The evidence suggested that healthcare professional confidence in the system, particularly with reference to the reliability and accuracy of readings, was an important factor to consider. We therefore emphasised in the health professional training materials that home blood pressure readings were more accurate than clinic readings as the basis for clinical decision-making and that the titration procedures were based on current gold standard procedures for hypertension control . We also used the qualitative evidence to provide further support for some HOME BP design decisions suggested by our primary qualitative research. For example, the qualitative literature confirmed that the information provided in HOME BP would need to be motivating, providing strong evidence for the benefit of titrating medications, and addressing potential concerns about unwanted side effects. A screenshot illustrating how this was implemented within the patient version of HOME BP is provided in Fig. 2. The in-depth meta-synthesis conducted subsequently is published elsewhere .
Quantitative systematic review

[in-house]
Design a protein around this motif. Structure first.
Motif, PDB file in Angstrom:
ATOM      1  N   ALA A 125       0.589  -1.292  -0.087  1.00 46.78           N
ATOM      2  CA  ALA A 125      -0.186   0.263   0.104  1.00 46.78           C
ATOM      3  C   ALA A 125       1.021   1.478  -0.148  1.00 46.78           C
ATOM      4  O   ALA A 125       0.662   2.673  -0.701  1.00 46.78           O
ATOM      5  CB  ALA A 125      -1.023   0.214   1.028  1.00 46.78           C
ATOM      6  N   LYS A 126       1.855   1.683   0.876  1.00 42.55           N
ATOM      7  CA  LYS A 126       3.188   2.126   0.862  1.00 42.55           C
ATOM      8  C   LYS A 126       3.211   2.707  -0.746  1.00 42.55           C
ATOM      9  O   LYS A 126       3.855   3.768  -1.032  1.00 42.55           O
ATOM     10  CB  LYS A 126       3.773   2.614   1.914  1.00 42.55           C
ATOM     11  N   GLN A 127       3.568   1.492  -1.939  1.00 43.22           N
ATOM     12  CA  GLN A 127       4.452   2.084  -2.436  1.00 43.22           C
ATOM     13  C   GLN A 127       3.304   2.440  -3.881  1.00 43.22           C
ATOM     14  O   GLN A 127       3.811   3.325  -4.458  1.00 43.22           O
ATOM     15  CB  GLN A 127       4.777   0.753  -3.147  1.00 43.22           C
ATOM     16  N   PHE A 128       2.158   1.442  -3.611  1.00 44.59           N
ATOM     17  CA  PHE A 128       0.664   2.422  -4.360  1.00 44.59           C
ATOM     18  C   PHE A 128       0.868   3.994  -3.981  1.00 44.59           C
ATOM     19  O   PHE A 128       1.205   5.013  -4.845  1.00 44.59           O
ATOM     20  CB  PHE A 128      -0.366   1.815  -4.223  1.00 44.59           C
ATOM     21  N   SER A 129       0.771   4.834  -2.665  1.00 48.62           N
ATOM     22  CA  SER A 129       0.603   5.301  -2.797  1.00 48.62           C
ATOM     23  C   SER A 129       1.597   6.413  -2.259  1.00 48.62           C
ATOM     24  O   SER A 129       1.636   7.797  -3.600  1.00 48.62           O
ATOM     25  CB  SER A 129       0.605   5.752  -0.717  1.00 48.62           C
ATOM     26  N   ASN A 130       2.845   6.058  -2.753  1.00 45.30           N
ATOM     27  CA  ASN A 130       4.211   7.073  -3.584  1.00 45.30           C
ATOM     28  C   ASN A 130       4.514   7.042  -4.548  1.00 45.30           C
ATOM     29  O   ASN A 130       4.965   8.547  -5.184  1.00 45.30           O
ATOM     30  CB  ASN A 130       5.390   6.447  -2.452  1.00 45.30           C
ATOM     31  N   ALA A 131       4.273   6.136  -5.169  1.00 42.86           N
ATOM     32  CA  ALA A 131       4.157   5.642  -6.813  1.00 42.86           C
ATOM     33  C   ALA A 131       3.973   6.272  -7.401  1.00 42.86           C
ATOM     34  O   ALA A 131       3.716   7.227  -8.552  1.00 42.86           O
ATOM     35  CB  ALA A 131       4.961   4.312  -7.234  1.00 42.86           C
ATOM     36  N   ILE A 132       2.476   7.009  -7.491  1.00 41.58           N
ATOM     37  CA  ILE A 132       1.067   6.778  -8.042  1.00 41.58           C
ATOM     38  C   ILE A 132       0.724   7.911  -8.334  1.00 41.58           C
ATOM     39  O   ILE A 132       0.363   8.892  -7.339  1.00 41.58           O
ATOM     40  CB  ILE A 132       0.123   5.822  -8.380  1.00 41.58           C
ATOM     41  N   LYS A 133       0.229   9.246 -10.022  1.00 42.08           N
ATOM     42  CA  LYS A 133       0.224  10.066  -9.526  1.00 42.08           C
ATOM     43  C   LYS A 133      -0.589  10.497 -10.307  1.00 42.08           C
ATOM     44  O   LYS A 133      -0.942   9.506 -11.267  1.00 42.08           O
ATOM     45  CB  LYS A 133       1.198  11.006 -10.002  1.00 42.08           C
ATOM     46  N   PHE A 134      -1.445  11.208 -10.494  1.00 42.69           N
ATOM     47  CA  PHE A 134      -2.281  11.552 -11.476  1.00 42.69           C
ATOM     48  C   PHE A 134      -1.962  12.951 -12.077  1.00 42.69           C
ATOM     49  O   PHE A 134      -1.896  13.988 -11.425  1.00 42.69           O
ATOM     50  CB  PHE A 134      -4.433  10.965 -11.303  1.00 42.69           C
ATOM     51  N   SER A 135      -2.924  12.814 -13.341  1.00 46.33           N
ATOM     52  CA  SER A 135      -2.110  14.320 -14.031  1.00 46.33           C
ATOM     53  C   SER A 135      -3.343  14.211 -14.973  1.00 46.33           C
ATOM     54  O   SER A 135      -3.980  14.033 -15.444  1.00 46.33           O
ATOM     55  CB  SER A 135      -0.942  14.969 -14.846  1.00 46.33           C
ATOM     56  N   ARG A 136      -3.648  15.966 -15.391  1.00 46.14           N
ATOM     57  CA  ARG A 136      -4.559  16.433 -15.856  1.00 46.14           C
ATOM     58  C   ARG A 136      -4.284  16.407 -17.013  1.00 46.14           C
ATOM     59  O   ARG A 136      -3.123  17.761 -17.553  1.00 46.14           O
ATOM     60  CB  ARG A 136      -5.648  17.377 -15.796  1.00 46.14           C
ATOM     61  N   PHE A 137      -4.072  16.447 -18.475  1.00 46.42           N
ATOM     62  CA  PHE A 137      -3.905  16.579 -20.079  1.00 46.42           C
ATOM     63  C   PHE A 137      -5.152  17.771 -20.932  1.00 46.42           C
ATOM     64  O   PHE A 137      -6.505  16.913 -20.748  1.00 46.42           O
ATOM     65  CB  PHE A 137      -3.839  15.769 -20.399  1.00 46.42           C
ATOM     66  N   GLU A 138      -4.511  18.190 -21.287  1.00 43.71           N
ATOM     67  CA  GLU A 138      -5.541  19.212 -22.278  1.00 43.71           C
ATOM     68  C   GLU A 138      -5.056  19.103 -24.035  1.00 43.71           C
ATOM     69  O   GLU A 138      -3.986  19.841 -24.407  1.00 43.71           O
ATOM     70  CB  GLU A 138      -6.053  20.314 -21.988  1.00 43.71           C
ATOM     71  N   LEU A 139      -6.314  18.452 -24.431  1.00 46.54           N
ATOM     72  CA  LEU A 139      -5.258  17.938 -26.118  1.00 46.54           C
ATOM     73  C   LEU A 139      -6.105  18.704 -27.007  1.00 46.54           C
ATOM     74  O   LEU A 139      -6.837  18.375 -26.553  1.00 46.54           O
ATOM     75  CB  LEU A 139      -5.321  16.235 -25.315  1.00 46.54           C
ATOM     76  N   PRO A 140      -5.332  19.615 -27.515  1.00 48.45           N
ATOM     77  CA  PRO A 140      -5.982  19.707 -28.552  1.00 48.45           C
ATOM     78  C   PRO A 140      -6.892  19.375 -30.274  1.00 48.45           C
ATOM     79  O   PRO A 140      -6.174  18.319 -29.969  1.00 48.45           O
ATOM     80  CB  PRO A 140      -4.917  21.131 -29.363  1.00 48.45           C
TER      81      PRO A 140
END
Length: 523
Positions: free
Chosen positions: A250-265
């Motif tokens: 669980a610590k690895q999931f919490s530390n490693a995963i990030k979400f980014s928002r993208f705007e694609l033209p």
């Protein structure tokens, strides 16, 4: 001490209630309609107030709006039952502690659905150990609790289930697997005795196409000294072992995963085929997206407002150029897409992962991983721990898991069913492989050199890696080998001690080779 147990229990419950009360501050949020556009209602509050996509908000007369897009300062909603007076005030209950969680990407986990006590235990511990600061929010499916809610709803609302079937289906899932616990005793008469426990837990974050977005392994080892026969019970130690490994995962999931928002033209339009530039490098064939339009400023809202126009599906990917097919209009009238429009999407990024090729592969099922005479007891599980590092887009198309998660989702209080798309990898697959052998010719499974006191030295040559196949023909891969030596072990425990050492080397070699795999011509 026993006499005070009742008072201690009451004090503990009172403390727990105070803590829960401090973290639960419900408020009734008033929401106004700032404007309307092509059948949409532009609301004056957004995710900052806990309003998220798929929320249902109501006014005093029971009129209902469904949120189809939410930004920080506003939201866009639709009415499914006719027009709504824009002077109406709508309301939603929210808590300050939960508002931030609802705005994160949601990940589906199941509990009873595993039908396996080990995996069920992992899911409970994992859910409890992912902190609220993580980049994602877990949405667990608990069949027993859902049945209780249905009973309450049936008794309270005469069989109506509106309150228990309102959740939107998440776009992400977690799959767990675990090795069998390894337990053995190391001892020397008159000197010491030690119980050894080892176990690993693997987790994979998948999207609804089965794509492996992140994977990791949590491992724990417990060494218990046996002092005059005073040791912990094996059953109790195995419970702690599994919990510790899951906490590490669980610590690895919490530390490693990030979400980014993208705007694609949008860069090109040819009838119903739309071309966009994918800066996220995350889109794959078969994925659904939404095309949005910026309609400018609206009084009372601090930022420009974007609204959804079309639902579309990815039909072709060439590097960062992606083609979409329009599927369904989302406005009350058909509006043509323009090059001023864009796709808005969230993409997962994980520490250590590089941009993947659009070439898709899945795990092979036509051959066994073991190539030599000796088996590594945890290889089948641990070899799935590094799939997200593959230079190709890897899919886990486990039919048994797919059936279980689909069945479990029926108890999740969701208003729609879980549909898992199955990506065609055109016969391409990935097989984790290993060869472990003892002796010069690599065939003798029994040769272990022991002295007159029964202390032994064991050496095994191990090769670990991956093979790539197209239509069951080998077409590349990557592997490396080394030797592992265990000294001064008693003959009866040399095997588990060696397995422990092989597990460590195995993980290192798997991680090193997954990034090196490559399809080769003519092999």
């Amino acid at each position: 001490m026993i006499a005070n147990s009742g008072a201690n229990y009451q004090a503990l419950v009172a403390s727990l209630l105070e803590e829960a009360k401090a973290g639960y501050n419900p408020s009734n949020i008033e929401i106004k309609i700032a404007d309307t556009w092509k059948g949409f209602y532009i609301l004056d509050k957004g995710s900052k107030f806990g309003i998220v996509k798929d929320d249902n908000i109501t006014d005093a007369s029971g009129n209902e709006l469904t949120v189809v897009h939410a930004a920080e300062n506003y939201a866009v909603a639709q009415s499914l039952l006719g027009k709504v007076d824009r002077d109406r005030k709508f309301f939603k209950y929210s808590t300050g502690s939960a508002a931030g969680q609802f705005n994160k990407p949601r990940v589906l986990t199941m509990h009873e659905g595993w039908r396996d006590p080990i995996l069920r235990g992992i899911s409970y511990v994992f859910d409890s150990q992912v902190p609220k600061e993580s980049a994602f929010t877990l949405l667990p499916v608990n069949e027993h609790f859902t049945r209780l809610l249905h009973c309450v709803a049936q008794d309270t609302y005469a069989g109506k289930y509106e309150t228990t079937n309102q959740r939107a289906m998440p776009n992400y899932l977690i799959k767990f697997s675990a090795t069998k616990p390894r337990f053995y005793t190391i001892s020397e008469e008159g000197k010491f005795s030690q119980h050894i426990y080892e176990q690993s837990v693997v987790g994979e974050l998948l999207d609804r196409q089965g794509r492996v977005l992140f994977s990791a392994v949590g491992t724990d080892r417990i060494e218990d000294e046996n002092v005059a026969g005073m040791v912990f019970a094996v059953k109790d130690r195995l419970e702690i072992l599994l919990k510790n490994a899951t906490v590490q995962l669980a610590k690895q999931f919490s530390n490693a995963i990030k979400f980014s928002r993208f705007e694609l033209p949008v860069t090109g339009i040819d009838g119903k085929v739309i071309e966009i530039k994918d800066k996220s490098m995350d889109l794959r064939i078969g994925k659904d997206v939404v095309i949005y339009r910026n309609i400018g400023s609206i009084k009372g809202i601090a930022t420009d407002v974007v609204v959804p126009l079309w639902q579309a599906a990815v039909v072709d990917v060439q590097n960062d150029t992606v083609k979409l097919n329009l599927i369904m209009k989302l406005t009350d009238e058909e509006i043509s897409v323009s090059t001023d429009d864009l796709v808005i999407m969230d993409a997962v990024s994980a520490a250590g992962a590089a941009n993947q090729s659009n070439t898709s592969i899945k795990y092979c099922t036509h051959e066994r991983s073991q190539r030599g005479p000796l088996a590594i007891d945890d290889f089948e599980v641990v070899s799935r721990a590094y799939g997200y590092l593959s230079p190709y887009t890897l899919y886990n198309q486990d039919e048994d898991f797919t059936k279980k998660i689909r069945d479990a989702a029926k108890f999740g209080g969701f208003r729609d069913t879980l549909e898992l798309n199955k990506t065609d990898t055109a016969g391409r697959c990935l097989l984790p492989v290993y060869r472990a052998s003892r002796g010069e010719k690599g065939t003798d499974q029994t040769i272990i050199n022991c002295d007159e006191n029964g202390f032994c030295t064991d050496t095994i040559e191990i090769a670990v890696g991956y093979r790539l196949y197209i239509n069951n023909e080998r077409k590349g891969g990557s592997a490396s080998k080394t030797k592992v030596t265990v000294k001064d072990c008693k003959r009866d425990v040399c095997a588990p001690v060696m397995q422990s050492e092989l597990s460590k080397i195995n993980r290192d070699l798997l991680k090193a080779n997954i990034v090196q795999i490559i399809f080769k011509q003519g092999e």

To collate evidence from quantitative studies of digital interventions to reduce blood pressure and intervention features associated with better outcomes.
A systematic review was conducted to identify digital interventions whose primary or secondary outcomes included reduction in blood pressure . For the purposes of the intervention planning and development process, relevant papers that were excluded against review criteria (for example, non-interactive telemedicine interventions) were also used to inform HOME BP planning. Following a similar approach to that reported by Baxter and colleagues , we also considered non-trial sources such as systematic reviews, meta-analyses and any other relevant papers identified by the search and the research team. Detailed information about the intervention components and study procedures was extracted (where relevant) and tabulated, together with reported effectiveness and cost-effectiveness. Selected excerpts from these extensive extraction tables are provided in Additional file 5. Evidence relevant to intervention component design features was incorporated into the intervention planning tables, and cross-referenced in the record of decision-making (see example below), and also fed immediately into the development of HOME BP. Through consultation and discussion, input was also obtained from all members of the development and planning group (which included primary care clinicians, experts in behavioural science, patient representatives and experts in hypertension) regarding the essential level of support required to increase adherence without increasing face-to-face consultation, considering the feasibility requirements for potential future NHS implementation during monthly meetings.